UDUPI: Sheik Jaleel Saheb (53) from Padugrama, Kaup, is a picture of communal harmony in coastal parts of the state, which have been wracked by communal incidents in the recent past.Jaleel has a sacred job, that of playing ‘Nadaswaram’, a traditional wind instrument, during the fair at Hosa Marigudi Temple in Kaup.
A fourth generation Nadaswara player at Marigudi Temple, he inherited the art from his father, Babu Saheb. His grandfather Imam Saheb and great grandfather Mugdam Saheb too were Nadaswaram players at temples.
“It is my duty to serve the ‘God’,” says Jaleel, who travels to different places to perform Kola and Ashlesha Bali rituals. He is a devout Muslim, but is forced to miss some Friday namaz prayers in a year because of his commitment to Hindu festivals. "But whenever I am at home, I see to it that I never miss a namaz,” he says.
"I am oblivious to happenings outside, but the Suggi Maari Pooje went well on March 22 and 23. Communal harmony should be paramount in society,” he adds. The coastal region has been in the grip of a controversy as temples have banned Muslim vendors from putting up stalls at fairs.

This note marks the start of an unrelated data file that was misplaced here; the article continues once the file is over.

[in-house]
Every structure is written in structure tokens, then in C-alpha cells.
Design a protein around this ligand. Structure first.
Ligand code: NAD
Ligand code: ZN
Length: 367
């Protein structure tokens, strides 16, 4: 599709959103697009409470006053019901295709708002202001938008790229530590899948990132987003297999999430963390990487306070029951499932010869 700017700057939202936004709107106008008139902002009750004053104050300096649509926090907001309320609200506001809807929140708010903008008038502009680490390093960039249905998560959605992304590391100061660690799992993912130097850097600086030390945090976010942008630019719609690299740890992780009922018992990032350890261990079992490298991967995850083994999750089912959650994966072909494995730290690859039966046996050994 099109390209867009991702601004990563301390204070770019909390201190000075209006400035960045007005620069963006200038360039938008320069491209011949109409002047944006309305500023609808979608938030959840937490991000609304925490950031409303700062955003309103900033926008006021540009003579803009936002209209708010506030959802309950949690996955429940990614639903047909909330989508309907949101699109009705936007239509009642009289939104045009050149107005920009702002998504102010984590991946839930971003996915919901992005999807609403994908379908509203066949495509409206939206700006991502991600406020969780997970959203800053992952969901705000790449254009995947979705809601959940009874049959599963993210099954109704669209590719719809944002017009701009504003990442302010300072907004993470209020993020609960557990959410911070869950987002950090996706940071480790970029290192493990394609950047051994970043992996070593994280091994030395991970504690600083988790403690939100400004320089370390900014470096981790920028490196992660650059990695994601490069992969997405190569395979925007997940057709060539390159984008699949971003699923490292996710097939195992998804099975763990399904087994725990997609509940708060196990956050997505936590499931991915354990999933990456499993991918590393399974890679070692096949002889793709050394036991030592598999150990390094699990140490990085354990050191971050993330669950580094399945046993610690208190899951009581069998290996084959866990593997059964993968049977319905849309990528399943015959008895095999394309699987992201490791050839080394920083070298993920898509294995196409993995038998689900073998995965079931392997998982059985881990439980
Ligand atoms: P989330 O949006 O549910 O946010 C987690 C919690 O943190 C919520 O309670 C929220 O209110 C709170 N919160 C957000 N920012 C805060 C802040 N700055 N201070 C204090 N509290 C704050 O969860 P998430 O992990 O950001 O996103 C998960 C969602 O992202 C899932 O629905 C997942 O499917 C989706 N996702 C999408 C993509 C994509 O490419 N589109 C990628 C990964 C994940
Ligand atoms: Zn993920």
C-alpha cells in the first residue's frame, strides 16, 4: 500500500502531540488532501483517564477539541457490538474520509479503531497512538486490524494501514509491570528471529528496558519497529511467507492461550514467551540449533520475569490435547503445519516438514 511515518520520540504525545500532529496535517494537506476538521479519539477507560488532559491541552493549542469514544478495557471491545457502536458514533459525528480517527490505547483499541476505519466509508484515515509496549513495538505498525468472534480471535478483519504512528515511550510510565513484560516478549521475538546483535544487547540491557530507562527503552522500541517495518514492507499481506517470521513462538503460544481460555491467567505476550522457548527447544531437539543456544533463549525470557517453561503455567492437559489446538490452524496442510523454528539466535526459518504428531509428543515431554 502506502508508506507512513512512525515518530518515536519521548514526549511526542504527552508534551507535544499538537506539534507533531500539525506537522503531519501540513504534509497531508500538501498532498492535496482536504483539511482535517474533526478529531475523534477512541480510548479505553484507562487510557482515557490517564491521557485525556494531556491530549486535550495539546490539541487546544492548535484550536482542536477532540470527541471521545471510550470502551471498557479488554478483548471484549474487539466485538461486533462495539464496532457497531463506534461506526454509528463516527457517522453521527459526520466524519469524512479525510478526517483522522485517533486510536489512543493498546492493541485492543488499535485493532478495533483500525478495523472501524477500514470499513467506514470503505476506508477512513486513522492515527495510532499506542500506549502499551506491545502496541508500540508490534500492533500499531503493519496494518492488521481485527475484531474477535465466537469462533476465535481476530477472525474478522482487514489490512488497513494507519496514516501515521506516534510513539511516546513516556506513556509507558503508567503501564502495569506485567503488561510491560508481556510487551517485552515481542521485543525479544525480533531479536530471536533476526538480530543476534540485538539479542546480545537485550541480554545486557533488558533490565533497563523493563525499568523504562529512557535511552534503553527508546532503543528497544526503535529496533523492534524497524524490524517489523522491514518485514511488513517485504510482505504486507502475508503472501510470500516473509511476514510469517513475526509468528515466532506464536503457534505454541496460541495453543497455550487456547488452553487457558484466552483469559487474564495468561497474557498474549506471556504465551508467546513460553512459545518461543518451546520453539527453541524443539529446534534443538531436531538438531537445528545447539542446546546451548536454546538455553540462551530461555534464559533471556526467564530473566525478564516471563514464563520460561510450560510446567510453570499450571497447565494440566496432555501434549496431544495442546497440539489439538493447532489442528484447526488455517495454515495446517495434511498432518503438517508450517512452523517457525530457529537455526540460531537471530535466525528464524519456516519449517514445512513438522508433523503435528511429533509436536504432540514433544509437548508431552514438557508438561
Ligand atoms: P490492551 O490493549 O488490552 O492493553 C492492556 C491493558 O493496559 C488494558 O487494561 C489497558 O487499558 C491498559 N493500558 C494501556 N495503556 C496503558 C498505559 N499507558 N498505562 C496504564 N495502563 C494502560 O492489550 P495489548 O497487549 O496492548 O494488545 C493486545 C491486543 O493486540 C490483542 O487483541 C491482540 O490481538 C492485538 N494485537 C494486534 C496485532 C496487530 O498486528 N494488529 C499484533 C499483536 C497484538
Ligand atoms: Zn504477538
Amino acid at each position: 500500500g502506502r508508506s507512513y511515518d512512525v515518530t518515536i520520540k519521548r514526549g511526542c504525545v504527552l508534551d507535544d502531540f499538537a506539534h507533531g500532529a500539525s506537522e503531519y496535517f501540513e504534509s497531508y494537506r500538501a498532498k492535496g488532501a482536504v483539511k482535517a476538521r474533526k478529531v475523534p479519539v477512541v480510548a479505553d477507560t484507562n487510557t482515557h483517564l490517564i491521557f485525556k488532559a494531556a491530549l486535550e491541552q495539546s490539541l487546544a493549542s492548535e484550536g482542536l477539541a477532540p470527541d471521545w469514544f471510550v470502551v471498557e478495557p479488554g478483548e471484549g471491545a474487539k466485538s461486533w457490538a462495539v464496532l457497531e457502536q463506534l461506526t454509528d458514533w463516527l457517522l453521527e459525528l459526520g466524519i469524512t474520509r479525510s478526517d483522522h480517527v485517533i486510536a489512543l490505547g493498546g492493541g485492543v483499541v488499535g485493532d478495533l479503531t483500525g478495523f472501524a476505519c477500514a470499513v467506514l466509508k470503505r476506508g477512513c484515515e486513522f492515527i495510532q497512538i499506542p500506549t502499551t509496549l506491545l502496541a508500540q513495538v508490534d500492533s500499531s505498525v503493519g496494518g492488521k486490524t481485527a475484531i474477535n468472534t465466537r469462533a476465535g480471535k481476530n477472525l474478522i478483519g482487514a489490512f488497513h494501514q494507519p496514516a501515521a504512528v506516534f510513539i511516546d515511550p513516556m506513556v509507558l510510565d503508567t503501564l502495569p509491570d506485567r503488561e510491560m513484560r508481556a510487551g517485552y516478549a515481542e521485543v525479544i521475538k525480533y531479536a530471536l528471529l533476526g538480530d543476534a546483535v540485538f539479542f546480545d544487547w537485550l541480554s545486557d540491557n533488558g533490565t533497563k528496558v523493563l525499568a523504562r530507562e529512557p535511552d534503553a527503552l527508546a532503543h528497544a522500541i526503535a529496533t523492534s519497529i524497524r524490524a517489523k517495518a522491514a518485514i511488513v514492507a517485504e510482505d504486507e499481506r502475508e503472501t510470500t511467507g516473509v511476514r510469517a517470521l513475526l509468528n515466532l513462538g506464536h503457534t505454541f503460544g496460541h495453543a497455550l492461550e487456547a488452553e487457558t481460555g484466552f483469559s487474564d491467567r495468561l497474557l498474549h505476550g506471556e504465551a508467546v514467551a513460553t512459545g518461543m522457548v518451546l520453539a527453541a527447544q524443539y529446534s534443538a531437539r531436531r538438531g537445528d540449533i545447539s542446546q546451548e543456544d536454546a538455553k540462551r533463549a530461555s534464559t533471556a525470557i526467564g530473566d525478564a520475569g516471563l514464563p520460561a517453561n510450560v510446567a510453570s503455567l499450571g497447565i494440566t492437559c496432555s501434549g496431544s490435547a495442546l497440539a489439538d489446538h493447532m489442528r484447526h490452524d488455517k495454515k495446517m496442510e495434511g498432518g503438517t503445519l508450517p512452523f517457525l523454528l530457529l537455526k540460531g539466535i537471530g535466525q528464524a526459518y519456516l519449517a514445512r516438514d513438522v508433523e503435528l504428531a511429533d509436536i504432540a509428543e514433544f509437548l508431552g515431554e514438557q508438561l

Jaleel, who has studied up to Class 9, says he is not worried about who will take the sacred profession forward in his family. “I have a daughter, but somebody else in my family will be selected or motivated by the Goddess to serve at her feet in the future. If this has continued for four generations, it will continue in the coming generations too,” he says.
As the holy month of Ramzan begins next weekend, Jaleel too observes fast like his other family members. “I have never missed it. I think God gives me the strength to play Nadaswaram even when I am fasting. When it gets really hot around 3 pm, I do get a little tired. But still God stands with me and nothing worse has happened. Performing in the summer months of March, April and May in the coastal region is a challenge. But a miracle happens to me to stay without hydrating my body for the entire day,” he says.
His grandfather Imam Saheb had performed for 60 years. After his demise, his father Babu Saheb took up the task. Now, Jaleel Saheb, who also earns a little from his one-acre paddy fields, has been performing for the last 35 years.